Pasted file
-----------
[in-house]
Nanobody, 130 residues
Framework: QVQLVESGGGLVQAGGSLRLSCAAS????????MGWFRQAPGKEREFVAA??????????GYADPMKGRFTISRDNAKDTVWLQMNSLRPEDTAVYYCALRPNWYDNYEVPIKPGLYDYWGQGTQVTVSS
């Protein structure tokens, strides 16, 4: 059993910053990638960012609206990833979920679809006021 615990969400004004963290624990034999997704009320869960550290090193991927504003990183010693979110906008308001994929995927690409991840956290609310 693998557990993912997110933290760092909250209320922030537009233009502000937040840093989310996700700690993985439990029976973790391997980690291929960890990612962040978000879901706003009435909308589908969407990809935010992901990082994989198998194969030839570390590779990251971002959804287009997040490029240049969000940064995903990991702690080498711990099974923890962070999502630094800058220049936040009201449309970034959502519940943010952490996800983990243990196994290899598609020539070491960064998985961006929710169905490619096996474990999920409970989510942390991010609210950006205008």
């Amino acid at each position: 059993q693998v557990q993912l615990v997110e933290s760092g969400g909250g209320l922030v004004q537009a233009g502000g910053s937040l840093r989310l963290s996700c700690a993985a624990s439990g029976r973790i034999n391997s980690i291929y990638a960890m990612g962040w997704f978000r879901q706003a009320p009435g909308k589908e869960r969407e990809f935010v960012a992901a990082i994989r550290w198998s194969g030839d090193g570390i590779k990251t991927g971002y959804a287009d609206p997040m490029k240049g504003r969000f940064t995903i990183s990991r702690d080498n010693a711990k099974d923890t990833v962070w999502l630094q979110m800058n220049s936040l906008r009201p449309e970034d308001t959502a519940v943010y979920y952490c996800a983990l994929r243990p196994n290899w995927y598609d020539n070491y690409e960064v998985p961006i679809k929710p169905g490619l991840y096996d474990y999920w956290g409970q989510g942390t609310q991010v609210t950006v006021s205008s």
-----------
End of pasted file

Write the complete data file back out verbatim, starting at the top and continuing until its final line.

[in-house]
Nanobody, 130 residues
Framework: QVQLVESGGGLVQAGGSLRLSCAAS????????MGWFRQAPGKEREFVAA??????????GYADPMKGRFTISRDNAKDTVWLQMNSLRPEDTAVYYCALRPNWYDNYEVPIKPGLYDYWGQGTQVTVSS
């Protein structure tokens, strides 16, 4: 059993910053990638960012609206990833979920679809006021 615990969400004004963290624990034999997704009320869960550290090193991927504003990183010693979110906008308001994929995927690409991840956290609310 693998557990993912997110933290760092909250209320922030537009233009502000937040840093989310996700700690993985439990029976973790391997980690291929960890990612962040978000879901706003009435909308589908969407990809935010992901990082994989198998194969030839570390590779990251971002959804287009997040490029240049969000940064995903990991702690080498711990099974923890962070999502630094800058220049936040009201449309970034959502519940943010952490996800983990243990196994290899598609020539070491960064998985961006929710169905490619096996474990999920409970989510942390991010609210950006205008």
């Amino acid at each position: 059993q693998v557990q993912l615990v997110e933290s760092g969400g909250g209320l922030v004004q537009a233009g502000g910053s937040l840093r989310l963290s996700c700690a993985a624990s439990g029976r973790i034999n391997s980690i291929y990638a960890m990612g962040w997704f978000r879901q706003a009320p009435g909308k589908e869960r969407e990809f935010v960012a992901a990082i994989r550290w198998s194969g030839d090193g570390i590779k990251t991927g971002y959804a287009d609206p997040m490029k240049g504003r969000f940064t995903i990183s990991r702690d080498n010693a711990k099974d923890t990833v962070w999502l630094q979110m800058n220049s936040l906008r009201p449309e970034d308001t959502a519940v943010y979920y952490c996800a983990l994929r243990p196994n290899w995927y598609d020539n070491y690409e960064v998985p961006i679809k929710p169905g490619l991840y096996d474990y999920w956290g409970q989510g942390t609310q991010v609210t950006v006021s205008s």